The 21st century NHS faces the biggest challenges of a generation. So why are we still using 20th century approaches to healthcare that ignore patients’ assets and 21st century technology? Many reasons – financial flows; disjointed IT; and professional hierarchies.
But perhaps the biggest barrier is in our culture – one that we must overcome, and soon.
The NHS world-view portrayed in much of parliament and the media is a reductionist one; in this world, your GP looks after you and refers you to hospitals where you get treated and cured. So GPs should commission services from hospitals to make sure you get what you need and choose well.
This ignores the reality that people require care 24 hours a day, seven days a week, and that the diseases and issues of the 21st Century need a new approach based on partnership and self care.
In Leeds, we are seeing more children being born and gaps in parental capacity for the best start in life. Children with complex needs now survive into adulthood and need lifelong support. People have increasing mental health issues and co-morbid long-term conditions exacerbated by lifestyle choices. The older population continues to rise and dementia and related diseases are on the increase.
My staff work in this world, one where the power relationship between patient and professional is different to that in the GP surgery or hospital ward, and where partnerships come into clear focus.
My 3,000 community staff work mostly in people’s homes.
No-one changes their pyjamas because the district nurse is coming round, and the occupational therapist observes how you really live. If a family don’t like you they will ask you to leave.
If a partner in care fails then the family are failed and this is very obvious too. This brings valuable insights and assets from patients and families that we must use.
This will only happen if we invert the view of how our system operates.
We are looking at making community-based care the first option for NHS care, rather than ‘just’ the place for patient discharges for ongoing care. The expertise and culture that exists in organisations focused on community-based services can lead health economies to a genuine focus on preventative and ongoing management of conditions that patients live with every day.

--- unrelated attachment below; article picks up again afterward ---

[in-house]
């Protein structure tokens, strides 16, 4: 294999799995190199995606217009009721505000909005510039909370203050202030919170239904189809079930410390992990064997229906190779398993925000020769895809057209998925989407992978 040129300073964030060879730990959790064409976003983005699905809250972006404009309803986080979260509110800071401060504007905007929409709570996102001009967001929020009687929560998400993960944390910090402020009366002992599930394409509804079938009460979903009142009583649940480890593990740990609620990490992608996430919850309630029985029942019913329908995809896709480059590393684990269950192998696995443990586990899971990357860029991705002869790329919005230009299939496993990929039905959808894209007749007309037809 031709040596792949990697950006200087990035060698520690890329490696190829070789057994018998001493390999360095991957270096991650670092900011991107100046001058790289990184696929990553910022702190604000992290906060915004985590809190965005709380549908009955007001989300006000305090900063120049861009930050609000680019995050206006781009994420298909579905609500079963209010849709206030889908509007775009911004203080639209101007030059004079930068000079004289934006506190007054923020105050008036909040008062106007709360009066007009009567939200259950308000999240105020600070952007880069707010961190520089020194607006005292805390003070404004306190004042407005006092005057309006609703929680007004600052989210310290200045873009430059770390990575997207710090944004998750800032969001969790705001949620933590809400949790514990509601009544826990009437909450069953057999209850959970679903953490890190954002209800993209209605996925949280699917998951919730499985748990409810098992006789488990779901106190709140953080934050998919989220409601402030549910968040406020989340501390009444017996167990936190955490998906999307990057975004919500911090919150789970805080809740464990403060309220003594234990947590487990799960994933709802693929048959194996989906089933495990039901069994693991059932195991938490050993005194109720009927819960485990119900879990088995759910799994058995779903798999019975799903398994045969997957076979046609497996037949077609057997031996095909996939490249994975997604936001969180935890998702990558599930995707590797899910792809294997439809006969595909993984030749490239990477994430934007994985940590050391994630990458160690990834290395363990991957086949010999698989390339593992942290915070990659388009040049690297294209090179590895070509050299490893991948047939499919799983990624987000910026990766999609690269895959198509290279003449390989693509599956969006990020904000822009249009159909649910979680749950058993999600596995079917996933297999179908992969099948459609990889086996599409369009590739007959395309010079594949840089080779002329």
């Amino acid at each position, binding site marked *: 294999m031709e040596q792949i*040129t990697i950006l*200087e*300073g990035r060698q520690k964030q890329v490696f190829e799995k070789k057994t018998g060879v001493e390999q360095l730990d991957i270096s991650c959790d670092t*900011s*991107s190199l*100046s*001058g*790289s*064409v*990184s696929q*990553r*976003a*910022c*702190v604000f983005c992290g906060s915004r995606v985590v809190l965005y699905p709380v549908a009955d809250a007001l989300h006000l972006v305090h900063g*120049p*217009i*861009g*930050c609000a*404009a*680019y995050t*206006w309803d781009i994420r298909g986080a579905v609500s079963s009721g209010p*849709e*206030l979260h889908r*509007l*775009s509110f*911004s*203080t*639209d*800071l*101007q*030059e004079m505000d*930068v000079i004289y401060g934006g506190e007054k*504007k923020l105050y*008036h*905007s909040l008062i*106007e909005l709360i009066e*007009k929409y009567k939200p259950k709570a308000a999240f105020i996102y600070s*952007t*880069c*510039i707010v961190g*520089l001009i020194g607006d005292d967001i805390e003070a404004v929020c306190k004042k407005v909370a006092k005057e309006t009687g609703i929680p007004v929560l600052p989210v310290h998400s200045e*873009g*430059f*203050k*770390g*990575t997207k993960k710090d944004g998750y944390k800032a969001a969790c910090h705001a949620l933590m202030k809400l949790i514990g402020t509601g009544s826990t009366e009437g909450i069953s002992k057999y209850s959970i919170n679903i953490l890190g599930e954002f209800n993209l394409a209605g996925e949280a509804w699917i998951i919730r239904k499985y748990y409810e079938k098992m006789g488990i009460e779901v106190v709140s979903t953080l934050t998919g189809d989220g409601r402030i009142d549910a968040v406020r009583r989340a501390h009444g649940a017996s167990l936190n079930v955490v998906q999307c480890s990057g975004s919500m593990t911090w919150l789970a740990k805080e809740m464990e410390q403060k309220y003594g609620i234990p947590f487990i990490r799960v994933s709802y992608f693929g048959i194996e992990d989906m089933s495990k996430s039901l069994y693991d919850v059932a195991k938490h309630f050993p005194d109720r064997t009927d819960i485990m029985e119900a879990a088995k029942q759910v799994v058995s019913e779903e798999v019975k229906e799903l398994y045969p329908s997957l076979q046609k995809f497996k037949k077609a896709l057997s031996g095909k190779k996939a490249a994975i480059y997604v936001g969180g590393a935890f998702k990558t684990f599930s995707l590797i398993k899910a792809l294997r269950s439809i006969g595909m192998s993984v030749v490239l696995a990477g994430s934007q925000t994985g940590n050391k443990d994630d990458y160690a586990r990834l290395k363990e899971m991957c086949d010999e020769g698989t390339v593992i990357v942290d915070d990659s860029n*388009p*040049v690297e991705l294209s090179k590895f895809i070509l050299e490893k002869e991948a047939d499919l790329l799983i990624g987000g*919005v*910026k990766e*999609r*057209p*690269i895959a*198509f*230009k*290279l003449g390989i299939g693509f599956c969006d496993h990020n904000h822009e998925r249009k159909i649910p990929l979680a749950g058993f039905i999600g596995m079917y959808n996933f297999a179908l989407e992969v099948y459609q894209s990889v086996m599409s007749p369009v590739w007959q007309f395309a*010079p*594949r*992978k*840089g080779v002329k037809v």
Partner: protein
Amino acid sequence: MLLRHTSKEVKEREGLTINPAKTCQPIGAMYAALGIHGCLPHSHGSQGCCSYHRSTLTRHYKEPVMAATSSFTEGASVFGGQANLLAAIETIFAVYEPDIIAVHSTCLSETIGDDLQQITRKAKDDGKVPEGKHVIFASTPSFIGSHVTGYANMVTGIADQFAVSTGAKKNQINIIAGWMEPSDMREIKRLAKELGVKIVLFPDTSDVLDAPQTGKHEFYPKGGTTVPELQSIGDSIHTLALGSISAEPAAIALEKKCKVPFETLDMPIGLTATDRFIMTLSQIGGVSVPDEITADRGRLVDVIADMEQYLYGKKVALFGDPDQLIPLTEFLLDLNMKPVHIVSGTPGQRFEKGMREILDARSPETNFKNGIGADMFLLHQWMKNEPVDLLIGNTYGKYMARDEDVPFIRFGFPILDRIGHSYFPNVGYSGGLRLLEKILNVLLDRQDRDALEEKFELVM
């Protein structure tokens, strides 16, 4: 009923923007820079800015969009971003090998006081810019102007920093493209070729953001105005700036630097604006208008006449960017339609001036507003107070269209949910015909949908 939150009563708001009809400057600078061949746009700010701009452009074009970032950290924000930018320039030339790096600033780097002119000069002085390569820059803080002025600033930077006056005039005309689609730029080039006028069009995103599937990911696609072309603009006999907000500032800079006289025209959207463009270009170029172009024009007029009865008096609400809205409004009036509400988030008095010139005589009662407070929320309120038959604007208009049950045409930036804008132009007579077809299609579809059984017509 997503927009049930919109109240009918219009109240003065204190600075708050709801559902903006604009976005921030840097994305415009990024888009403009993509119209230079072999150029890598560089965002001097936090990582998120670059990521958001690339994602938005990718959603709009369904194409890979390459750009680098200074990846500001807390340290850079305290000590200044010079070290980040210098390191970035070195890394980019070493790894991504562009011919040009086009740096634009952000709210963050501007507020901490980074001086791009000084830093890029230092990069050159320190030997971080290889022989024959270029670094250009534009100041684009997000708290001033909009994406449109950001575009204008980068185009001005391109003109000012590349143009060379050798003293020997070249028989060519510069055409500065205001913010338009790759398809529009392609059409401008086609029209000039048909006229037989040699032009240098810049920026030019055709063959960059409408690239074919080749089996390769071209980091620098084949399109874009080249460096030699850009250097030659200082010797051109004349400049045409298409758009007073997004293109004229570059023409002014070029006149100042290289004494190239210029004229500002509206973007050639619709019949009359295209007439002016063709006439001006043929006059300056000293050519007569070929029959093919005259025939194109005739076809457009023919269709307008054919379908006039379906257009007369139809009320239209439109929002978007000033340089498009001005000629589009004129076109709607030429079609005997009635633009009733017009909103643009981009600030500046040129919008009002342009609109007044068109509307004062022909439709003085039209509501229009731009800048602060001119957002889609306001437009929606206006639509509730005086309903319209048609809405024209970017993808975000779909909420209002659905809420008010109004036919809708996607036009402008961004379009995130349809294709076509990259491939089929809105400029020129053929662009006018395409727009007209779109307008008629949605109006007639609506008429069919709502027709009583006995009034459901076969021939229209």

Leeds Community Healthcare NHS Trust is a professional, ambitious, teaching and research based organisation that delivers very high-quality care. We will be a part of this change.
Alongside a change in thinking, five big things are beginning to happen:
- Services are starting to use the skills and abilities of patients and families to promote supported self care.
Their assets will replace those lost due to efficiencies. Medication, social prescribing, and genuine co-production all feature. Self care is what patients want to fit with their lives. As the banking industry has found, some people really like being in control. We should cede it to them always, unless they choose otherwise or capacity is an issue.
- Care is starting to be planned on the basis of risk.
We have the finest population data in the world – our GP lists. We must use them to classify risk and act sooner Our work in this area has begun in all practices.
- Teams are being integrated to deliver joined-up care.
There is duplication of effort and inconvenience for the patient built into everything from children’s centres to older people’s care. “Come together to deliver care around the family” is our aim. Our integrated early start and adult health and social care teams give us a chance.
- Information is being shared across all parties to aid the above.
The Leeds Care Record is our ambition and the pilot phase is underway.
- We want to embrace 21st century technology and how it is used in daily lives.
So why not ask a carer or new mum to video you while you explain something they will need to remember later on their smartphone? Or use the medical device alert (MDA) approved apps that are coming on stream? Stick to the information governance rules and do the better, simple, cheaper option.
What is clear is that across the whole NHS, we should be investing more energy and focus in services delivered in the community. The case has been argued by everyone from the NHS Confederation’s Mike Farrar to the Royal College of Physicians’ professor Tim Evans, and is supported by the Public Accounts Committee and representatives from across the political spectrum. This will help hospitals too.
These changes are essential to deliver the Mandate. I would have added one simple thing to make this a mandate for citizens, communities and the 21st century;”It’s your life, what happens to you out of hospital has parity.”
Rob Webster is Chief Executive at Leeds Community Healthcare NHS Trust